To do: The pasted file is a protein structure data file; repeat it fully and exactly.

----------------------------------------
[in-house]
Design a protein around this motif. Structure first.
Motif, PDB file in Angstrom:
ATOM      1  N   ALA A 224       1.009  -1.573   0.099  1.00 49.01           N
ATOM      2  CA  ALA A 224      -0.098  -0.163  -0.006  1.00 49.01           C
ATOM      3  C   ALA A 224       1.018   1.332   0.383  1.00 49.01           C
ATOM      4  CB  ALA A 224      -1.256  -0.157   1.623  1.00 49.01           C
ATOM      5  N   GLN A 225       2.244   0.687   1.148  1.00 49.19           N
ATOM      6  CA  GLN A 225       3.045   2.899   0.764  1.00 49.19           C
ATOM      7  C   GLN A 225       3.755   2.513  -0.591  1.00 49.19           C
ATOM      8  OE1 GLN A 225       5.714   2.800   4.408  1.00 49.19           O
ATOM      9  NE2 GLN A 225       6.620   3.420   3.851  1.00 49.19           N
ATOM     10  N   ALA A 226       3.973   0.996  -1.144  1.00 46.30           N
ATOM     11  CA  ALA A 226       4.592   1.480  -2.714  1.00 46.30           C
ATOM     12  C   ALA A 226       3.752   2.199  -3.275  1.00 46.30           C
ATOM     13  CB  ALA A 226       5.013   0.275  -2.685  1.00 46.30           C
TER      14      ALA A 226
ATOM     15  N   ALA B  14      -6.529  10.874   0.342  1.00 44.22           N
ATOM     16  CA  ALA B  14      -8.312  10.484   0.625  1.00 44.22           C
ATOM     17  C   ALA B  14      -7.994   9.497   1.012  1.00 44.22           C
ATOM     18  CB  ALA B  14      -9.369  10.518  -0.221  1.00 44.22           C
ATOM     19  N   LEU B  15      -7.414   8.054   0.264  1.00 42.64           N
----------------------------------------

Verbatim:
[in-house]
Design a protein around this motif. Structure first.
Motif, PDB file in Angstrom:
ATOM      1  N   ALA A 224       1.009  -1.573   0.099  1.00 49.01           N
ATOM      2  CA  ALA A 224      -0.098  -0.163  -0.006  1.00 49.01           C
ATOM      3  C   ALA A 224       1.018   1.332   0.383  1.00 49.01           C
ATOM      4  CB  ALA A 224      -1.256  -0.157   1.623  1.00 49.01           C
ATOM      5  N   GLN A 225       2.244   0.687   1.148  1.00 49.19           N
ATOM      6  CA  GLN A 225       3.045   2.899   0.764  1.00 49.19           C
ATOM      7  C   GLN A 225       3.755   2.513  -0.591  1.00 49.19           C
ATOM      8  OE1 GLN A 225       5.714   2.800   4.408  1.00 49.19           O
ATOM      9  NE2 GLN A 225       6.620   3.420   3.851  1.00 49.19           N
ATOM     10  N   ALA A 226       3.973   0.996  -1.144  1.00 46.30           N
ATOM     11  CA  ALA A 226       4.592   1.480  -2.714  1.00 46.30           C
ATOM     12  C   ALA A 226       3.752   2.199  -3.275  1.00 46.30           C
ATOM     13  CB  ALA A 226       5.013   0.275  -2.685  1.00 46.30           C
TER      14      ALA A 226
ATOM     15  N   ALA B  14      -6.529  10.874   0.342  1.00 44.22           N
ATOM     16  CA  ALA B  14      -8.312  10.484   0.625  1.00 44.22           C
ATOM     17  C   ALA B  14      -7.994   9.497   1.012  1.00 44.22           C
ATOM     18  CB  ALA B  14      -9.369  10.518  -0.221  1.00 44.22           C
ATOM     19  N   LEU B  15      -7.414   8.054   0.264  1.00 42.64           N